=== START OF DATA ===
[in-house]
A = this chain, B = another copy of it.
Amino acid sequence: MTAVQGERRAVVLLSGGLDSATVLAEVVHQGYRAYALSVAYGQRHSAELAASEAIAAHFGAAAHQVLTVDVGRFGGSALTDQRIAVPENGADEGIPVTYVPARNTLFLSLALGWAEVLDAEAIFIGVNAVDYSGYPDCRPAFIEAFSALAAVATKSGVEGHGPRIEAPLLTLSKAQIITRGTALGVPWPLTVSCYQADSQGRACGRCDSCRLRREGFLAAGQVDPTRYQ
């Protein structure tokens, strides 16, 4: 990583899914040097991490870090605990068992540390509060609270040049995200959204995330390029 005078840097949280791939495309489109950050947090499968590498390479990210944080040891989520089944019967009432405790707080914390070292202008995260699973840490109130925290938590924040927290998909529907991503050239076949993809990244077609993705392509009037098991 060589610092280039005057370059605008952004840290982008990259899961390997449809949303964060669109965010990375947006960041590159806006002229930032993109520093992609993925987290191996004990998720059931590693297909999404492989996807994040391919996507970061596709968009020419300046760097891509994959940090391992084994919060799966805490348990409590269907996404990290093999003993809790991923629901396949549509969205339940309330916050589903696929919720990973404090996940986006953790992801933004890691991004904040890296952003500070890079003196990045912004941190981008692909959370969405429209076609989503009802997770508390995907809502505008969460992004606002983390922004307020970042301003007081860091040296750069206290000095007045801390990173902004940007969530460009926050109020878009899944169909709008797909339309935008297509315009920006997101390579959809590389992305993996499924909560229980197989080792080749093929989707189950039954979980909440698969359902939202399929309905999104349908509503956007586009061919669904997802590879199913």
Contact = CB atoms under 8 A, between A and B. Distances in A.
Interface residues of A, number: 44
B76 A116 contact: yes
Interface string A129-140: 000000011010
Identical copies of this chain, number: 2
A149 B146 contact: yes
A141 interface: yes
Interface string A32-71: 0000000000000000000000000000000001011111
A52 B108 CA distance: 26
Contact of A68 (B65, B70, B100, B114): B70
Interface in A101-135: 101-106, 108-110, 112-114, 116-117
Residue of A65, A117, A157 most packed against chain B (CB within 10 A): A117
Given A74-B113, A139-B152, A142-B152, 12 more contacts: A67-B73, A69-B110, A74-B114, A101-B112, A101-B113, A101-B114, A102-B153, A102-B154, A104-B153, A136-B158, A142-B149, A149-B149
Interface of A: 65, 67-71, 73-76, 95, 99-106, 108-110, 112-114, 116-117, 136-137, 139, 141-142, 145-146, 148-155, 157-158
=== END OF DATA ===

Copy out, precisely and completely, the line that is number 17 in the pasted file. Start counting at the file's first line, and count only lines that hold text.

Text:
Given A74-B113, A139-B152, A142-B152, 12 more contacts: A67-B73, A69-B110, A74-B114, A101-B112, A101-B113, A101-B114, A102-B153, A102-B154, A104-B153, A136-B158, A142-B149, A149-B149